Finally, I would like to point out that facilities making the decision to transition after 9/11, but before the enactment date of this legislation will be eligible to participate in the program authorized by this legislation. I've included this provision because I believe that the federal government should acknowledge--and promote--local decisions that enhance our homeland security. In addition we don't want to create a situation where water facilities wait for Federal funding before doing the right thing and eliminating those dangerous gaseous chemicals.
Last December the 9/11 Discourse Project released its report card for the administration and Congress on efforts to implement the 9/11 Commission recommendations. It was replete with D's and F's demonstrating that we have been going in the wrong direction with respect to homeland security. One of the most troubling findings made by the 9/11 Commission is that with respect to our Nation's critical infrastructure that ``no risk and vulnerability assessments actually made; no national priorities established; no recommendations made on allocations of scarce resources. All key decisions are at least a year away. It is time that we stop talking about priorities and actually get some.'' While much remains to be done, the Community Water Treatment Hazards Reduction Act of 2006 sets an important priority for our homeland security and it affirmatively addresses it. I urge my colleagues to support this important legislation.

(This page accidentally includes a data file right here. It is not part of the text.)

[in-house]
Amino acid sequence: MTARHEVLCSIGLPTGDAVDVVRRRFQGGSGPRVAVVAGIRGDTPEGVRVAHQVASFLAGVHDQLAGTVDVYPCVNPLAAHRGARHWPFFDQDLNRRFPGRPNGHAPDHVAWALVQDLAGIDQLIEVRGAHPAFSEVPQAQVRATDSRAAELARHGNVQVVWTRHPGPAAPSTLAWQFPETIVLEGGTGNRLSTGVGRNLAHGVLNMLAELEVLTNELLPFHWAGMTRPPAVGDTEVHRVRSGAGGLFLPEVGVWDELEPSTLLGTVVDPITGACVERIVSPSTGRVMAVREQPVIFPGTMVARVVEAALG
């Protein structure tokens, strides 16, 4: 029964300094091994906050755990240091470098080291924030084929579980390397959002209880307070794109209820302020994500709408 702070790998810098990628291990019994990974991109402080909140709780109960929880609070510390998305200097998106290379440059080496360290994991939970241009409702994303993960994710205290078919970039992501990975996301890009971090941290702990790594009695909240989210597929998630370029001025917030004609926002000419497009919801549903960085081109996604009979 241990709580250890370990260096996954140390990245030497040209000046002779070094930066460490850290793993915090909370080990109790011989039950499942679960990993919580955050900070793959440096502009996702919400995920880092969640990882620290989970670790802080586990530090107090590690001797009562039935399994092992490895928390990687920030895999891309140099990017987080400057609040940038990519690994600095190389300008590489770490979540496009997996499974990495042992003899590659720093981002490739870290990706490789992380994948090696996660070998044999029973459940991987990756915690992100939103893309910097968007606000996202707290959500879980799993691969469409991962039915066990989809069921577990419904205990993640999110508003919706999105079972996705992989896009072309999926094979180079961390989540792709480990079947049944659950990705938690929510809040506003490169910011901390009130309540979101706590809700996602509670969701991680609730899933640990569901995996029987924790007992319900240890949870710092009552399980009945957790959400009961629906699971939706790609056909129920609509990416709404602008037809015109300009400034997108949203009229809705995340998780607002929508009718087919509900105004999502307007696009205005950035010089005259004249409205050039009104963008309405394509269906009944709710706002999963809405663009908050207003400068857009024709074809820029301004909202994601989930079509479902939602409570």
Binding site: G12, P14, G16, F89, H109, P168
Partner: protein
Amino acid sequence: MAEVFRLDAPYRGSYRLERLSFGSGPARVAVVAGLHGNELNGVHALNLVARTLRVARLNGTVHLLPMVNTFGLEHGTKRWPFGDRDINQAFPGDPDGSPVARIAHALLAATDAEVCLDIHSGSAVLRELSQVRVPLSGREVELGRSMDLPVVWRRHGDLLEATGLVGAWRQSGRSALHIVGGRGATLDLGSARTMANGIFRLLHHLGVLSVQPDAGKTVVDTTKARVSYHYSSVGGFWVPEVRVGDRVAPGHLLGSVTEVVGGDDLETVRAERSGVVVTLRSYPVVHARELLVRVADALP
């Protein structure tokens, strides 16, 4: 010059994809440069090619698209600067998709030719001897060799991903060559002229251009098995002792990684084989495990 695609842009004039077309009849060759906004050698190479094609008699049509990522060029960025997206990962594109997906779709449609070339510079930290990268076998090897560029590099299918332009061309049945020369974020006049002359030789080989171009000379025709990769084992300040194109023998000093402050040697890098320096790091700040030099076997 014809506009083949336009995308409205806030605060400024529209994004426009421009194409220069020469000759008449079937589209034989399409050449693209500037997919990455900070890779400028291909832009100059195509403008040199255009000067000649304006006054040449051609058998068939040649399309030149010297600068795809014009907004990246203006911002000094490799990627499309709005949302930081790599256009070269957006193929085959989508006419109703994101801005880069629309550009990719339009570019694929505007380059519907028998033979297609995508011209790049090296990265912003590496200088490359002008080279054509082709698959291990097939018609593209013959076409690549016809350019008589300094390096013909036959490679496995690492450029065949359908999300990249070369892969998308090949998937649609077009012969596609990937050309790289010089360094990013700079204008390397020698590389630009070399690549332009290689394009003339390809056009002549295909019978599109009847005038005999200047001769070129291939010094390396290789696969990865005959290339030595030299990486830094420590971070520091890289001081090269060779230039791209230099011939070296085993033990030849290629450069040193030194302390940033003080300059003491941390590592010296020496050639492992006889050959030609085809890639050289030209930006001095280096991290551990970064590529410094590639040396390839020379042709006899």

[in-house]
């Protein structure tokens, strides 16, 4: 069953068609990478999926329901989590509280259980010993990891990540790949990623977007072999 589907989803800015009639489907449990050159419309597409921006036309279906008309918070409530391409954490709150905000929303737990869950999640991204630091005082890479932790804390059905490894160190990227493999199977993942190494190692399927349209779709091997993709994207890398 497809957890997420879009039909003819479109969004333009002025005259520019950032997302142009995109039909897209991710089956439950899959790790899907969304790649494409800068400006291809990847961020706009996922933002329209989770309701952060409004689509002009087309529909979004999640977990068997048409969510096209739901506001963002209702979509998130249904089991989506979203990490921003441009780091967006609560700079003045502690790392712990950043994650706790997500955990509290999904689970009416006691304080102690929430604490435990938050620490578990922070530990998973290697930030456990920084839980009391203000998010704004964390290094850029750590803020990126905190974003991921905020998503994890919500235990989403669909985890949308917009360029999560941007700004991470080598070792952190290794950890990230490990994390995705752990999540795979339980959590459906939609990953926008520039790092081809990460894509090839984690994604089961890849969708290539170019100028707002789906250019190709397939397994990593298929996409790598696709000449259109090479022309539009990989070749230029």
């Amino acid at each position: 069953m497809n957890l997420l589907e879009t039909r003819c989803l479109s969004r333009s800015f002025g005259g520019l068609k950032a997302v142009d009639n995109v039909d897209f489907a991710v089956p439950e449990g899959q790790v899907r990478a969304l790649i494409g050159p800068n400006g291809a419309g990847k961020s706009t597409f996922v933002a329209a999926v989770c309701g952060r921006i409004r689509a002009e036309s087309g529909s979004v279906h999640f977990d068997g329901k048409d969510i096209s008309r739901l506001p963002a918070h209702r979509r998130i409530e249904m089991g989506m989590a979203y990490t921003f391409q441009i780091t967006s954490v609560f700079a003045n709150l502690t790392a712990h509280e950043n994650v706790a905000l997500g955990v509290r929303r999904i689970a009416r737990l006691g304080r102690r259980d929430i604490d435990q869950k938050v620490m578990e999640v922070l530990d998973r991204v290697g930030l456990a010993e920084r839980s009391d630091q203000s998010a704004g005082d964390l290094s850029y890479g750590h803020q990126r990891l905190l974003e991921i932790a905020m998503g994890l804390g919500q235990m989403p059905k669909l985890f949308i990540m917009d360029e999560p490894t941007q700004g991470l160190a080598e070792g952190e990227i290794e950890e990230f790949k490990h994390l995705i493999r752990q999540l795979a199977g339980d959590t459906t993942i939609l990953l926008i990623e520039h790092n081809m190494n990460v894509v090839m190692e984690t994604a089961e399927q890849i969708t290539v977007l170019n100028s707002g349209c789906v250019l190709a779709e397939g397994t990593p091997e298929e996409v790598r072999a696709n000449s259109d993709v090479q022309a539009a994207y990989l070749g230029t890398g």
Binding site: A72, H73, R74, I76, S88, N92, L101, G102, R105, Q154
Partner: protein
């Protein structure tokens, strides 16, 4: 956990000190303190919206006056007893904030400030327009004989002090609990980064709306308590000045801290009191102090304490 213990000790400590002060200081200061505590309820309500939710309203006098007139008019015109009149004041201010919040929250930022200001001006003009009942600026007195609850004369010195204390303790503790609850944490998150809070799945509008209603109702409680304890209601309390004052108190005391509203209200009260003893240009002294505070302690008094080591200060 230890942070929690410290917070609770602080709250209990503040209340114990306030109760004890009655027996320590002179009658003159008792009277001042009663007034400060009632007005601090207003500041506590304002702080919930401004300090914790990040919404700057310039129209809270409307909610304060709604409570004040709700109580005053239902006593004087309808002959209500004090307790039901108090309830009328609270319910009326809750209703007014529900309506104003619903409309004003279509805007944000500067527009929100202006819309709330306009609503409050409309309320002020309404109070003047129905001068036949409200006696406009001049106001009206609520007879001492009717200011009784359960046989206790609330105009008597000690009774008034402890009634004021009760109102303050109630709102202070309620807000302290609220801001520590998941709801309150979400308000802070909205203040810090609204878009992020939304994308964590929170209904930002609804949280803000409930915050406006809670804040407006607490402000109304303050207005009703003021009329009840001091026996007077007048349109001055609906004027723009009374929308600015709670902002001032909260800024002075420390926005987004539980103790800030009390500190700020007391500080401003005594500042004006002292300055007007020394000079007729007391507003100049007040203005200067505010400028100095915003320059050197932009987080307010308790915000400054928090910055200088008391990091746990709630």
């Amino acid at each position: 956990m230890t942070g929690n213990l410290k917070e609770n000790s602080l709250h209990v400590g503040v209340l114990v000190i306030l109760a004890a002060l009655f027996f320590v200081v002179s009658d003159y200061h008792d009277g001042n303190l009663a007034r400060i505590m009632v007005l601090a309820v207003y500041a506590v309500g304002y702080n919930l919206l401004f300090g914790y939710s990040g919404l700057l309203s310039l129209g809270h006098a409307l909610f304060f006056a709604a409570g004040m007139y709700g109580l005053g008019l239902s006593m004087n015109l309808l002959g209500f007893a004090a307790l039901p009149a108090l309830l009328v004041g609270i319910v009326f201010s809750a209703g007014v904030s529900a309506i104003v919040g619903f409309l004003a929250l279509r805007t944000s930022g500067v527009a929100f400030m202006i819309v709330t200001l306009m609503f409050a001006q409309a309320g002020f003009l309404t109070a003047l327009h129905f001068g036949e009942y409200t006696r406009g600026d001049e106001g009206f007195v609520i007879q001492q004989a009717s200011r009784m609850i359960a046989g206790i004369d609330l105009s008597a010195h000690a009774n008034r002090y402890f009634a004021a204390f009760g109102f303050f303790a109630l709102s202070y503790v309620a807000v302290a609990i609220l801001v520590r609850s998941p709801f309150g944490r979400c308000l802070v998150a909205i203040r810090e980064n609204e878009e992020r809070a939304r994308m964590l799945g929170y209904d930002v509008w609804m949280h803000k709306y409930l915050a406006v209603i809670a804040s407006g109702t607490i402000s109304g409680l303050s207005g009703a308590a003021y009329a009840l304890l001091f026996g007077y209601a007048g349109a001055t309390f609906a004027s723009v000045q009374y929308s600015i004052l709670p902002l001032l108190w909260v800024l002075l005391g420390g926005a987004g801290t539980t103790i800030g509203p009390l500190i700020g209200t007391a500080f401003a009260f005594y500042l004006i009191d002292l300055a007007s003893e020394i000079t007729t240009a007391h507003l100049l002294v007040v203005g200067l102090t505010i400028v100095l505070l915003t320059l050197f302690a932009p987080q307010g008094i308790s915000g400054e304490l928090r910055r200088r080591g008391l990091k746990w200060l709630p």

I ask unanimous consent that the text of the bill be printed in the RECORD.
There being no objection, the text of the bill was ordered to be printed in the RECORD, as follows: